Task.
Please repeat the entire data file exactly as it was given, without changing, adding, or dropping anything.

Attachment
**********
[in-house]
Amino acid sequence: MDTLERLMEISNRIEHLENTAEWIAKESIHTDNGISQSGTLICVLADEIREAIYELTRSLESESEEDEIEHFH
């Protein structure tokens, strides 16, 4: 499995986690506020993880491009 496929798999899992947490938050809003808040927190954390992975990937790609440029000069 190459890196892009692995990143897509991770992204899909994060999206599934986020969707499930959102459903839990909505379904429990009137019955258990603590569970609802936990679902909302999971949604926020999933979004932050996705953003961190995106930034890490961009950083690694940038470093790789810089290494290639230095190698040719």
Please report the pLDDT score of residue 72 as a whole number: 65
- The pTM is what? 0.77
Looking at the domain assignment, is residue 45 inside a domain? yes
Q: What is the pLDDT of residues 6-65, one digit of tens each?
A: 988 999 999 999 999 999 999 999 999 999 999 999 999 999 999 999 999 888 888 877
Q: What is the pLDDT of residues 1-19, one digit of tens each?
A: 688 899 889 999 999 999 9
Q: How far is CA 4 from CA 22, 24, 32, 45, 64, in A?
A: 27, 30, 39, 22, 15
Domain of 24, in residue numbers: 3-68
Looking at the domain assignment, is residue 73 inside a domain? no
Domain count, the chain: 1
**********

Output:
[in-house]
Amino acid sequence: MDTLERLMEISNRIEHLENTAEWIAKESIHTDNGISQSGTLICVLADEIREAIYELTRSLESESEEDEIEHFH
């Protein structure tokens, strides 16, 4: 499995986690506020993880491009 496929798999899992947490938050809003808040927190954390992975990937790609440029000069 190459890196892009692995990143897509991770992204899909994060999206599934986020969707499930959102459903839990909505379904429990009137019955258990603590569970609802936990679902909302999971949604926020999933979004932050996705953003961190995106930034890490961009950083690694940038470093790789810089290494290639230095190698040719």
Please report the pLDDT score of residue 72 as a whole number: 65
- The pTM is what? 0.77
Looking at the domain assignment, is residue 45 inside a domain? yes
Q: What is the pLDDT of residues 6-65, one digit of tens each?
A: 988 999 999 999 999 999 999 999 999 999 999 999 999 999 999 999 999 888 888 877
Q: What is the pLDDT of residues 1-19, one digit of tens each?
A: 688 899 889 999 999 999 9
Q: How far is CA 4 from CA 22, 24, 32, 45, 64, in A?
A: 27, 30, 39, 22, 15
Domain of 24, in residue numbers: 3-68
Looking at the domain assignment, is residue 73 inside a domain? no
Domain count, the chain: 1